Assumptions: Normal Pump Therapy requires BG testing at least 6 times/day.
- CGM Sensor requires changing every 8 days (based on empirical data: manufacturer states 3 days).
- Sensor costs $50.00; 1 strip costs $0.96 (One Touch - March 12, 2006 - PharmaPlus).
- Number of strips to calibrate the sensor is 16 (1 every 12 hrs.).
- All numbers used in this analysis are averages and may change from individual to individual.
|Normal Blood Glucose Testing (8 day period)
||Continuous Blood Glucose Monitoring
(8 day period)
8 days x 6 strips/day = 48 strips; 48 strips x $0.96/strip = $46.08
|CBG Sensor = $50.00 + [20 (1 every 12 hrs. + 4 for verification) strips x $0.96] = $50.00 + $19.20 = $69.20
Therefore, given the assumptions listed above the difference in the two methods is $23.12 for an 8 day period or $86.70 per month (see * below). This is a very small price to pay for the additional information received.
Benefits: The whole objective of the treatment of diabetes is control, control, control. Insulin pump therapy combined with CCM is a tremendous leap forward over traditional pump therapy in achieving this objective.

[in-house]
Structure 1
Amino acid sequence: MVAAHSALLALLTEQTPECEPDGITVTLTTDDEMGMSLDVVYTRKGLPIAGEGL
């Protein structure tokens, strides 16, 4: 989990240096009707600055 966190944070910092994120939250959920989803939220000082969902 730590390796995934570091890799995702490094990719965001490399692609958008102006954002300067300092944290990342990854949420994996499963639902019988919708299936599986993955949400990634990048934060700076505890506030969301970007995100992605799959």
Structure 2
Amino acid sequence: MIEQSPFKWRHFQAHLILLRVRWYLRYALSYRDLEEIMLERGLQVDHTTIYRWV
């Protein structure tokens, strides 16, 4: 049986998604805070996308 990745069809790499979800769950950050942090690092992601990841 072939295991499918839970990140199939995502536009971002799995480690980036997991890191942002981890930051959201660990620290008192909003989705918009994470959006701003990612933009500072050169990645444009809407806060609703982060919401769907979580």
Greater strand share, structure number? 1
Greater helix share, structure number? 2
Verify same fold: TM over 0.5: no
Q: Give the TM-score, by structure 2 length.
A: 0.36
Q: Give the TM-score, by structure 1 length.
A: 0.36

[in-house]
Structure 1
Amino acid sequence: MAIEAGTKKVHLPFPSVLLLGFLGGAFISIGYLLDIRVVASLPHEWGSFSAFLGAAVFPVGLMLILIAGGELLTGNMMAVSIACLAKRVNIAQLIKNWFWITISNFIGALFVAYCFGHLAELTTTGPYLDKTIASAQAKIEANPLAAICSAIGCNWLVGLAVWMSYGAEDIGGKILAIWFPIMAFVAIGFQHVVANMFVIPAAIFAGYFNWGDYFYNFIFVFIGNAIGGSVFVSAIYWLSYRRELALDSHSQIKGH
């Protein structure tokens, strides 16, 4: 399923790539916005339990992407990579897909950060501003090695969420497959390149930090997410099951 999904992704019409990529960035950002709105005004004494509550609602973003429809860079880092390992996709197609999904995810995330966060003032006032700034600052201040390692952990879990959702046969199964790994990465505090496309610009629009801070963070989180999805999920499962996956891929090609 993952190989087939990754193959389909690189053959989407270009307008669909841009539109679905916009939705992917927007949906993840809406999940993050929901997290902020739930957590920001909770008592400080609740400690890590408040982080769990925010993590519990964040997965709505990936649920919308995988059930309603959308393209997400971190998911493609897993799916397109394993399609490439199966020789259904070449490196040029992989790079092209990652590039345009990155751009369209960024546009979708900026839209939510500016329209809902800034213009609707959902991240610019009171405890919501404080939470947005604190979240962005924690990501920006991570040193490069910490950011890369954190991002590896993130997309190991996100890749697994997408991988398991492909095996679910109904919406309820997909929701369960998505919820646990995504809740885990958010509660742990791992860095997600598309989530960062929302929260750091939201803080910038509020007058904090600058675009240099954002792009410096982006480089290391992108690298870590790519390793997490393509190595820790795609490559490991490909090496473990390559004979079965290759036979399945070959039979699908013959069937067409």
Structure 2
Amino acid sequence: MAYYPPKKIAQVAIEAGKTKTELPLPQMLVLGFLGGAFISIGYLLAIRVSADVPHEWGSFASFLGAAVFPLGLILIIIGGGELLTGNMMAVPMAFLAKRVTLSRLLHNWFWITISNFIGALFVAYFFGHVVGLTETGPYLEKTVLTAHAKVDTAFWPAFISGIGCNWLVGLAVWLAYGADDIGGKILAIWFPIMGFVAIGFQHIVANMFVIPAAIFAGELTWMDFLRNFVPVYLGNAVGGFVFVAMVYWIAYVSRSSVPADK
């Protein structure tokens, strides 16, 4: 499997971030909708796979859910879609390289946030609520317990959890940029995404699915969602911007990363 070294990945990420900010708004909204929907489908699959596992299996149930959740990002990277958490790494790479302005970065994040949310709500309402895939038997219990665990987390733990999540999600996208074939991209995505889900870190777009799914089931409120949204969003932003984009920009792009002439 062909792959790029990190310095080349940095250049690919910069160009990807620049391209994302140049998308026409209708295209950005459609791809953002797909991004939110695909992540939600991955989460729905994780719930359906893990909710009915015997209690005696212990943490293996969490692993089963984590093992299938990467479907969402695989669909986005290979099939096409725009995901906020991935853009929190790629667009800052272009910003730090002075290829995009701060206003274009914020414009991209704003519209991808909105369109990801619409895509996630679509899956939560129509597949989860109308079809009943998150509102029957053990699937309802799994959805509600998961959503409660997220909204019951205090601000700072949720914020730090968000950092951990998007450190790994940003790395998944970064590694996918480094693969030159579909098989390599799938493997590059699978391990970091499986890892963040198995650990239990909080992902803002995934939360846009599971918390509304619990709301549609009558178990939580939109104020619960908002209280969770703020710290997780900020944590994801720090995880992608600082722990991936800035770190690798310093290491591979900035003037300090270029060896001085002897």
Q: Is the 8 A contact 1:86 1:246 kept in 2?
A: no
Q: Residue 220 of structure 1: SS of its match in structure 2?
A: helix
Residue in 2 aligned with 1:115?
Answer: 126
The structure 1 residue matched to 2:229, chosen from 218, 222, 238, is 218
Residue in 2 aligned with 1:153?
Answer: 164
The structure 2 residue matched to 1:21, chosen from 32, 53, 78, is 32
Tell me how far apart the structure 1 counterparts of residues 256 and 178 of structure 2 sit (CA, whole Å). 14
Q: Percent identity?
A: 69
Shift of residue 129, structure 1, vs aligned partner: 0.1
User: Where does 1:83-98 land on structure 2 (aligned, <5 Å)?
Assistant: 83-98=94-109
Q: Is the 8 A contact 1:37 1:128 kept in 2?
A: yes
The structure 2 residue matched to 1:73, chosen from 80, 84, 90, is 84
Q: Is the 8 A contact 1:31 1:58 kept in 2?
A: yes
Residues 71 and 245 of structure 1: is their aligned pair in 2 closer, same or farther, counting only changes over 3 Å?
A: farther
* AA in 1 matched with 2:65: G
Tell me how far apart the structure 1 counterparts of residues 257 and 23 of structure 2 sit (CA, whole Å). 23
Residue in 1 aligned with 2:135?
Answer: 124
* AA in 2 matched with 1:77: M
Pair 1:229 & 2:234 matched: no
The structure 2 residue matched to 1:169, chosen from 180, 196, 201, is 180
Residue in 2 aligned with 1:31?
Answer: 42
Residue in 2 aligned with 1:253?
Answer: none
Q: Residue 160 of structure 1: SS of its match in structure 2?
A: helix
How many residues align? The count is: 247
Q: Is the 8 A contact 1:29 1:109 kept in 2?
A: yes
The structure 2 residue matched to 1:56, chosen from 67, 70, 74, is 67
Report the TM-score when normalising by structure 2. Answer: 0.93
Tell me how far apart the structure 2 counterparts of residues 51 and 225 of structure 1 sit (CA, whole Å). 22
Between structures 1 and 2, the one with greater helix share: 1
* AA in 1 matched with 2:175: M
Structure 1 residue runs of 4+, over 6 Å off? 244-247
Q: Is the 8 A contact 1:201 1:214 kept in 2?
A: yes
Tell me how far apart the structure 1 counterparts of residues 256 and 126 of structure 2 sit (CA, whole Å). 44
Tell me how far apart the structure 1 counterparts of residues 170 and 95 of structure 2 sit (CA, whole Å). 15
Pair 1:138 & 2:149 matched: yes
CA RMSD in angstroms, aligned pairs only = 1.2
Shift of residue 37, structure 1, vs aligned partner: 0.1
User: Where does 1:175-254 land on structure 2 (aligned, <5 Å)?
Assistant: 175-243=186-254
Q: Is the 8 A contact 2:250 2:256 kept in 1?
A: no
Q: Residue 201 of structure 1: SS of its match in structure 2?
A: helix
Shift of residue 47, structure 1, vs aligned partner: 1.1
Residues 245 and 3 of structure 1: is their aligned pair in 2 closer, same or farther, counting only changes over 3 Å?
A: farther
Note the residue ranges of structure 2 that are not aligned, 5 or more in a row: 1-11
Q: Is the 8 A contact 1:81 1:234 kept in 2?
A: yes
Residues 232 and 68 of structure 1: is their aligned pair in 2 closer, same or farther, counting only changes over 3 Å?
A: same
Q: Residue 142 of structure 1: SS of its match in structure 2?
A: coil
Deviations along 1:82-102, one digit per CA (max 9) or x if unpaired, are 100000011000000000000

Personal Note: Given that a battery for my previous pump (Disetronic-D-Tron) costs $24.98 and lasts less than 1 month (now limited to 2 weeks, Health Canada) compared to the battery in the Paradigm pump which cost about $1.25 and lasts about 10 days*, there is little overall cost increase but a huge data/information increase from upgrading to the Medtronic-Mini Med 722 pump with continuous glucose sensing.
Battery costs per month are $49.96 for the DTron vs. $3.75 for the Paradigm 722 real Time System a saving of $46.21 per month. Applying this saving to the cost of the continuous glucose monitoring sensors, this leaves the overall cost in my case of $40.49 per month.
R. Douglas, Diabetes Action Network, 03/14/06, updated 08/05/06